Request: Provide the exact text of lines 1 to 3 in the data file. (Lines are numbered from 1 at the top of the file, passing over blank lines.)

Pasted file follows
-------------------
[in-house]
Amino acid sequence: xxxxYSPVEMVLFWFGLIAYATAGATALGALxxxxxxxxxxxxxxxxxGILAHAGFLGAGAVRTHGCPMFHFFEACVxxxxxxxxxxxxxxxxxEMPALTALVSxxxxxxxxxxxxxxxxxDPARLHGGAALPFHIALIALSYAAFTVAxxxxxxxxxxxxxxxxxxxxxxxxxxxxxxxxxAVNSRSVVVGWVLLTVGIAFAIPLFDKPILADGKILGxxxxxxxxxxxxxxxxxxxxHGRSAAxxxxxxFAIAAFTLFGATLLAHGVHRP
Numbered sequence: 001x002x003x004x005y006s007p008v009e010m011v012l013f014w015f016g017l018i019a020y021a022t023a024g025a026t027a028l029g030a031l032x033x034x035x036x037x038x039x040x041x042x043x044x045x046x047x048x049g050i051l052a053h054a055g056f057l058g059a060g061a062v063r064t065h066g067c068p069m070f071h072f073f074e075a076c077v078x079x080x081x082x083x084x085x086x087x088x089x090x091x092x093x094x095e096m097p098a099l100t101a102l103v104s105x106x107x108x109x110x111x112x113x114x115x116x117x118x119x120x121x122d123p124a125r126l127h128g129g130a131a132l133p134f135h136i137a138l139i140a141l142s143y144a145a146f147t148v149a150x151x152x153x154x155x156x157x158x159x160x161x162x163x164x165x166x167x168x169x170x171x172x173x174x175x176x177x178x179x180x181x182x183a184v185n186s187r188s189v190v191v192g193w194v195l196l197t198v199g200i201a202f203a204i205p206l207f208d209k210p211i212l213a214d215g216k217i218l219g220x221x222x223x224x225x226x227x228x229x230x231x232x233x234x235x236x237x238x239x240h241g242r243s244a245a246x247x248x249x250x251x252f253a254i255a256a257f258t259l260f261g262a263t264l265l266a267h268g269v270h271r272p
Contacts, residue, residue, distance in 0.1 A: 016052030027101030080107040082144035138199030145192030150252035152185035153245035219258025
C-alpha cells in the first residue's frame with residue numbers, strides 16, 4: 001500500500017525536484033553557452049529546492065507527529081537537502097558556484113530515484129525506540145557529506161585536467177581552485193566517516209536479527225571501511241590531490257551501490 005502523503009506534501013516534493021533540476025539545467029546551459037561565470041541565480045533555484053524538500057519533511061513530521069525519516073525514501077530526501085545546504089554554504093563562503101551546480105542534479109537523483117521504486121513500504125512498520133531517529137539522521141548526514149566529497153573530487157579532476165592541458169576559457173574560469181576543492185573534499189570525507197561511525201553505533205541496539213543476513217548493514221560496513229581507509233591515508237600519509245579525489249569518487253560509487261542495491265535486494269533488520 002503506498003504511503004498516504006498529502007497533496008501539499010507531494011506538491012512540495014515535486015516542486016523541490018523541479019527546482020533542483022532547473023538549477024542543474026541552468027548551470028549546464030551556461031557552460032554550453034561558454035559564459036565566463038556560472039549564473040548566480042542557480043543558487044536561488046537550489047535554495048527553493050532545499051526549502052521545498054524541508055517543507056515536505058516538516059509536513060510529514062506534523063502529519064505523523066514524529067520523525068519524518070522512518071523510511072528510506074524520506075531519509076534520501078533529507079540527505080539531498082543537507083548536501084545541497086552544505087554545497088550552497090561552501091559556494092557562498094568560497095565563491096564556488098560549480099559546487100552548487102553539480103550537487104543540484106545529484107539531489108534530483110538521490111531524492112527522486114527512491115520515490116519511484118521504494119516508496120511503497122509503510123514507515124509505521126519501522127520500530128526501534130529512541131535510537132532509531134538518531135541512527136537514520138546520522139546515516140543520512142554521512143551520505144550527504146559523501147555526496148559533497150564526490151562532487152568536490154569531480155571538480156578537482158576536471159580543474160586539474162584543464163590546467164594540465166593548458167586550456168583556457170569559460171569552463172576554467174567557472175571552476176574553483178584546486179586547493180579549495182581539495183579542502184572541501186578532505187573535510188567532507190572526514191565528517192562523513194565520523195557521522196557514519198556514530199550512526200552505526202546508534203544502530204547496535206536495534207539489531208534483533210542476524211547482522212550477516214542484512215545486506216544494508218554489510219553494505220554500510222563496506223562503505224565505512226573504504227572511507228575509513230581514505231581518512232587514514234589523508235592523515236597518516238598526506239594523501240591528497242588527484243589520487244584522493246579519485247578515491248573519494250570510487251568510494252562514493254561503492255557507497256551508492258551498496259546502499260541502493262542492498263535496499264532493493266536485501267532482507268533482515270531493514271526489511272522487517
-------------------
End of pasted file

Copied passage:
[in-house]
Amino acid sequence: xxxxYSPVEMVLFWFGLIAYATAGATALGALxxxxxxxxxxxxxxxxxGILAHAGFLGAGAVRTHGCPMFHFFEACVxxxxxxxxxxxxxxxxxEMPALTALVSxxxxxxxxxxxxxxxxxDPARLHGGAALPFHIALIALSYAAFTVAxxxxxxxxxxxxxxxxxxxxxxxxxxxxxxxxxAVNSRSVVVGWVLLTVGIAFAIPLFDKPILADGKILGxxxxxxxxxxxxxxxxxxxxHGRSAAxxxxxxFAIAAFTLFGATLLAHGVHRP
Numbered sequence: 001x002x003x004x005y006s007p008v009e010m011v012l013f014w015f016g017l018i019a020y021a022t023a024g025a026t027a028l029g030a031l032x033x034x035x036x037x038x039x040x041x042x043x044x045x046x047x048x049g050i051l052a053h054a055g056f057l058g059a060g061a062v063r064t065h066g067c068p069m070f071h072f073f074e075a076c077v078x079x080x081x082x083x084x085x086x087x088x089x090x091x092x093x094x095e096m097p098a099l100t101a102l103v104s105x106x107x108x109x110x111x112x113x114x115x116x117x118x119x120x121x122d123p124a125r126l127h128g129g130a131a132l133p134f135h136i137a138l139i140a141l142s143y144a145a146f147t148v149a150x151x152x153x154x155x156x157x158x159x160x161x162x163x164x165x166x167x168x169x170x171x172x173x174x175x176x177x178x179x180x181x182x183a184v185n186s187r188s189v190v191v192g193w194v195l196l197t198v199g200i201a202f203a204i205p206l207f208d209k210p211i212l213a214d215g216k217i218l219g220x221x222x223x224x225x226x227x228x229x230x231x232x233x234x235x236x237x238x239x240h241g242r243s244a245a246x247x248x249x250x251x252f253a254i255a256a257f258t259l260f261g262a263t264l265l266a267h268g269v270h271r272p